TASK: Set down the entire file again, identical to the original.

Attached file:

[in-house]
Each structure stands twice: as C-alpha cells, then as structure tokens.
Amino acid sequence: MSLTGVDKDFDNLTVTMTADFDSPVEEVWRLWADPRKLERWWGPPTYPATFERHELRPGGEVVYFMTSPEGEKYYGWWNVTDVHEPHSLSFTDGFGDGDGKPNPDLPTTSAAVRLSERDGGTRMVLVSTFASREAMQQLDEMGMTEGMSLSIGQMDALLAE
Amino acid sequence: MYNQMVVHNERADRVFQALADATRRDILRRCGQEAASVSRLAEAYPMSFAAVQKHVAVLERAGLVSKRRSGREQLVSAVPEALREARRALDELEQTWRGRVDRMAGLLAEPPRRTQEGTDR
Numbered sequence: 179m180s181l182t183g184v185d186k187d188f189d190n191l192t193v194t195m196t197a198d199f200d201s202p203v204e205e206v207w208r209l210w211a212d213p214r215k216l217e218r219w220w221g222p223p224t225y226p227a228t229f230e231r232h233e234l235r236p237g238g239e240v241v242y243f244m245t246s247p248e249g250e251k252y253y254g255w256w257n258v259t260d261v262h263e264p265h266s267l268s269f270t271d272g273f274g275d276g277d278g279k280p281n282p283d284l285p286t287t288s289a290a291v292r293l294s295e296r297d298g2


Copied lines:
[in-house]
Each structure stands twice: as C-alpha cells, then as structure tokens.
Amino acid sequence: MSLTGVDKDFDNLTVTMTADFDSPVEEVWRLWADPRKLERWWGPPTYPATFERHELRPGGEVVYFMTSPEGEKYYGWWNVTDVHEPHSLSFTDGFGDGDGKPNPDLPTTSAAVRLSERDGGTRMVLVSTFASREAMQQLDEMGMTEGMSLSIGQMDALLAE
Amino acid sequence: MYNQMVVHNERADRVFQALADATRRDILRRCGQEAASVSRLAEAYPMSFAAVQKHVAVLERAGLVSKRRSGREQLVSAVPEALREARRALDELEQTWRGRVDRMAGLLAEPPRRTQEGTDR
Numbered sequence: 179m180s181l182t183g184v185d186k187d188f189d190n191l192t193v194t195m196t197a198d199f200d201s202p203v204e205e206v207w208r209l210w211a212d213p214r215k216l217e218r219w220w221g222p223p224t225y226p227a228t229f230e231r232h233e234l235r236p237g238g239e240v241v242y243f244m245t246s247p248e249g250e251k252y253y254g255w256w257n258v259t260d261v262h263e264p265h266s267l268s269f270t271d272g273f274g275d276g277d278g279k280p281n282p283d284l285p286t287t288s289a290a291v292r293l294s295e296r297d298g2